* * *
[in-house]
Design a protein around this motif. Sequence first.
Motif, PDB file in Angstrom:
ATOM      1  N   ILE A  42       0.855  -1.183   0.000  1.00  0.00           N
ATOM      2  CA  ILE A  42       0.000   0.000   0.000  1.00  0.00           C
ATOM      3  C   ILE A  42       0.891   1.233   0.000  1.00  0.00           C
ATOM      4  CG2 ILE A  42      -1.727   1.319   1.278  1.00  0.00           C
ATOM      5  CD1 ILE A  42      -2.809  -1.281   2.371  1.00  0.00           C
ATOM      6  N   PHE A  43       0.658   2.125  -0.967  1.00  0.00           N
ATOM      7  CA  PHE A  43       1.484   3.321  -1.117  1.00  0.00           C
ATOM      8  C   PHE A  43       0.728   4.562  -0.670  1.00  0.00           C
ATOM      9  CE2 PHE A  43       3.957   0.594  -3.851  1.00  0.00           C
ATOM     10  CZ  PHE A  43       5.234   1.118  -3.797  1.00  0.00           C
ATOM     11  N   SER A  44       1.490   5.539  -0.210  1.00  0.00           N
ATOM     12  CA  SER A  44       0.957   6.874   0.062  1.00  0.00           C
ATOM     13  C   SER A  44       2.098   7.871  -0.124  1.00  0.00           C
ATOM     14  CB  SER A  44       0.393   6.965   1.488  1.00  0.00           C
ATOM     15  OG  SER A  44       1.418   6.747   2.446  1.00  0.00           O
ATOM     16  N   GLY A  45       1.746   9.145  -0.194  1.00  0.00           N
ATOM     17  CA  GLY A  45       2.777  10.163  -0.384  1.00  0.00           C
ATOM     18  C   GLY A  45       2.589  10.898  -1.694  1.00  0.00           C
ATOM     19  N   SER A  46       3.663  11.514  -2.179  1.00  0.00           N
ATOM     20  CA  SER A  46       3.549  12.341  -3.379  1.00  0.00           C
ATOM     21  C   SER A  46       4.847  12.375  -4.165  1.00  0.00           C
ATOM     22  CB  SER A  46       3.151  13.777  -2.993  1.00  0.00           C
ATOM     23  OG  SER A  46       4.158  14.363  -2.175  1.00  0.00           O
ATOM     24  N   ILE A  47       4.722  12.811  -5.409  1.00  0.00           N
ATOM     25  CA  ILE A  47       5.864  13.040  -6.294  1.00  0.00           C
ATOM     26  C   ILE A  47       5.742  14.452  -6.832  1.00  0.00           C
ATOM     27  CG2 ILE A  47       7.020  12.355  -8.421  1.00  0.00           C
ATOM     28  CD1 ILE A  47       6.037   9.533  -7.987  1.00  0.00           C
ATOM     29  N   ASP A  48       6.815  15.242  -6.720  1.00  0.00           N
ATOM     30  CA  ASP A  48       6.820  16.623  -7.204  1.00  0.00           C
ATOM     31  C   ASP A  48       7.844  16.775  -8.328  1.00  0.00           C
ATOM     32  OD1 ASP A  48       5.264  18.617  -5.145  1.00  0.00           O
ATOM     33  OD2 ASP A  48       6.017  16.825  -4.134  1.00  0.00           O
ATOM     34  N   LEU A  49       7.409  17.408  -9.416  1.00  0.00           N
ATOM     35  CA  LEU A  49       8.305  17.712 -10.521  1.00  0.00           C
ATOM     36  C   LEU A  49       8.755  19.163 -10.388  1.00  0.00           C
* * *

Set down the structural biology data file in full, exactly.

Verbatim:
[in-house]
Design a protein around this motif. Sequence first.
Motif, PDB file in Angstrom:
ATOM      1  N   ILE A  42       0.855  -1.183   0.000  1.00  0.00           N
ATOM      2  CA  ILE A  42       0.000   0.000   0.000  1.00  0.00           C
ATOM      3  C   ILE A  42       0.891   1.233   0.000  1.00  0.00           C
ATOM      4  CG2 ILE A  42      -1.727   1.319   1.278  1.00  0.00           C
ATOM      5  CD1 ILE A  42      -2.809  -1.281   2.371  1.00  0.00           C
ATOM      6  N   PHE A  43       0.658   2.125  -0.967  1.00  0.00           N
ATOM      7  CA  PHE A  43       1.484   3.321  -1.117  1.00  0.00           C
ATOM      8  C   PHE A  43       0.728   4.562  -0.670  1.00  0.00           C
ATOM      9  CE2 PHE A  43       3.957   0.594  -3.851  1.00  0.00           C
ATOM     10  CZ  PHE A  43       5.234   1.118  -3.797  1.00  0.00           C
ATOM     11  N   SER A  44       1.490   5.539  -0.210  1.00  0.00           N
ATOM     12  CA  SER A  44       0.957   6.874   0.062  1.00  0.00           C
ATOM     13  C   SER A  44       2.098   7.871  -0.124  1.00  0.00           C
ATOM     14  CB  SER A  44       0.393   6.965   1.488  1.00  0.00           C
ATOM     15  OG  SER A  44       1.418   6.747   2.446  1.00  0.00           O
ATOM     16  N   GLY A  45       1.746   9.145  -0.194  1.00  0.00           N
ATOM     17  CA  GLY A  45       2.777  10.163  -0.384  1.00  0.00           C
ATOM     18  C   GLY A  45       2.589  10.898  -1.694  1.00  0.00           C
ATOM     19  N   SER A  46       3.663  11.514  -2.179  1.00  0.00           N
ATOM     20  CA  SER A  46       3.549  12.341  -3.379  1.00  0.00           C
ATOM     21  C   SER A  46       4.847  12.375  -4.165  1.00  0.00           C
ATOM     22  CB  SER A  46       3.151  13.777  -2.993  1.00  0.00           C
ATOM     23  OG  SER A  46       4.158  14.363  -2.175  1.00  0.00           O
ATOM     24  N   ILE A  47       4.722  12.811  -5.409  1.00  0.00           N
ATOM     25  CA  ILE A  47       5.864  13.040  -6.294  1.00  0.00           C
ATOM     26  C   ILE A  47       5.742  14.452  -6.832  1.00  0.00           C
ATOM     27  CG2 ILE A  47       7.020  12.355  -8.421  1.00  0.00           C
ATOM     28  CD1 ILE A  47       6.037   9.533  -7.987  1.00  0.00           C
ATOM     29  N   ASP A  48       6.815  15.242  -6.720  1.00  0.00           N
ATOM     30  CA  ASP A  48       6.820  16.623  -7.204  1.00  0.00           C
ATOM     31  C   ASP A  48       7.844  16.775  -8.328  1.00  0.00           C
ATOM     32  OD1 ASP A  48       5.264  18.617  -5.145  1.00  0.00           O
ATOM     33  OD2 ASP A  48       6.017  16.825  -4.134  1.00  0.00           O
ATOM     34  N   LEU A  49       7.409  17.408  -9.416  1.00  0.00           N
ATOM     35  CA  LEU A  49       8.305  17.712 -10.521  1.00  0.00           C
ATOM     36  C   LEU A  49       8.755  19.163 -10.388  1.00  0.00           C